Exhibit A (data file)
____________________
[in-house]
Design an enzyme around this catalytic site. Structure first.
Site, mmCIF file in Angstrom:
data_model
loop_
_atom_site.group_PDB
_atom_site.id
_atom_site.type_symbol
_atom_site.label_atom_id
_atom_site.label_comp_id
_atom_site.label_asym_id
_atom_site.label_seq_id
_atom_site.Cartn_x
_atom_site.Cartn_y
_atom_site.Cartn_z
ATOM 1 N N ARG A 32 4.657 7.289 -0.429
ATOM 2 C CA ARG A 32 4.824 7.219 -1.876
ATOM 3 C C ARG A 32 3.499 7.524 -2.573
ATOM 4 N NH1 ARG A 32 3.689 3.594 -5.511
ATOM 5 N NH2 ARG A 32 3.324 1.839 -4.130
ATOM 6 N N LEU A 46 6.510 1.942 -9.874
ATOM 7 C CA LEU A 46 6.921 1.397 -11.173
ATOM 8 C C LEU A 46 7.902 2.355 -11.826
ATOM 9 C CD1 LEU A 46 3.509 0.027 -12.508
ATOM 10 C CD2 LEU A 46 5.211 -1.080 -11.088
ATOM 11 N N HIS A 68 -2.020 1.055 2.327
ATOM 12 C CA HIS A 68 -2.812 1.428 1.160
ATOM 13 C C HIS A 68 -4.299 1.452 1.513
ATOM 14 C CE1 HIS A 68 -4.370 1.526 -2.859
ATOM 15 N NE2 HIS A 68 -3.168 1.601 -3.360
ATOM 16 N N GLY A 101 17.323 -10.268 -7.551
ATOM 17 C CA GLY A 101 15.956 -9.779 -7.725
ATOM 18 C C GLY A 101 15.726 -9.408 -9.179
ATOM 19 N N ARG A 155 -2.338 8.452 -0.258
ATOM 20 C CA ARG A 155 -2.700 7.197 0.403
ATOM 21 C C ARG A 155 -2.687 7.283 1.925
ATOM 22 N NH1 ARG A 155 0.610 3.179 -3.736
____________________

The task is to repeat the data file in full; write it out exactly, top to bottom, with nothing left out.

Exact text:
[in-house]
Design an enzyme around this catalytic site. Structure first.
Site, mmCIF file in Angstrom:
data_model
loop_
_atom_site.group_PDB
_atom_site.id
_atom_site.type_symbol
_atom_site.label_atom_id
_atom_site.label_comp_id
_atom_site.label_asym_id
_atom_site.label_seq_id
_atom_site.Cartn_x
_atom_site.Cartn_y
_atom_site.Cartn_z
ATOM 1 N N ARG A 32 4.657 7.289 -0.429
ATOM 2 C CA ARG A 32 4.824 7.219 -1.876
ATOM 3 C C ARG A 32 3.499 7.524 -2.573
ATOM 4 N NH1 ARG A 32 3.689 3.594 -5.511
ATOM 5 N NH2 ARG A 32 3.324 1.839 -4.130
ATOM 6 N N LEU A 46 6.510 1.942 -9.874
ATOM 7 C CA LEU A 46 6.921 1.397 -11.173
ATOM 8 C C LEU A 46 7.902 2.355 -11.826
ATOM 9 C CD1 LEU A 46 3.509 0.027 -12.508
ATOM 10 C CD2 LEU A 46 5.211 -1.080 -11.088
ATOM 11 N N HIS A 68 -2.020 1.055 2.327
ATOM 12 C CA HIS A 68 -2.812 1.428 1.160
ATOM 13 C C HIS A 68 -4.299 1.452 1.513
ATOM 14 C CE1 HIS A 68 -4.370 1.526 -2.859
ATOM 15 N NE2 HIS A 68 -3.168 1.601 -3.360
ATOM 16 N N GLY A 101 17.323 -10.268 -7.551
ATOM 17 C CA GLY A 101 15.956 -9.779 -7.725
ATOM 18 C C GLY A 101 15.726 -9.408 -9.179
ATOM 19 N N ARG A 155 -2.338 8.452 -0.258
ATOM 20 C CA ARG A 155 -2.700 7.197 0.403
ATOM 21 C C ARG A 155 -2.687 7.283 1.925
ATOM 22 N NH1 ARG A 155 0.610 3.179 -3.736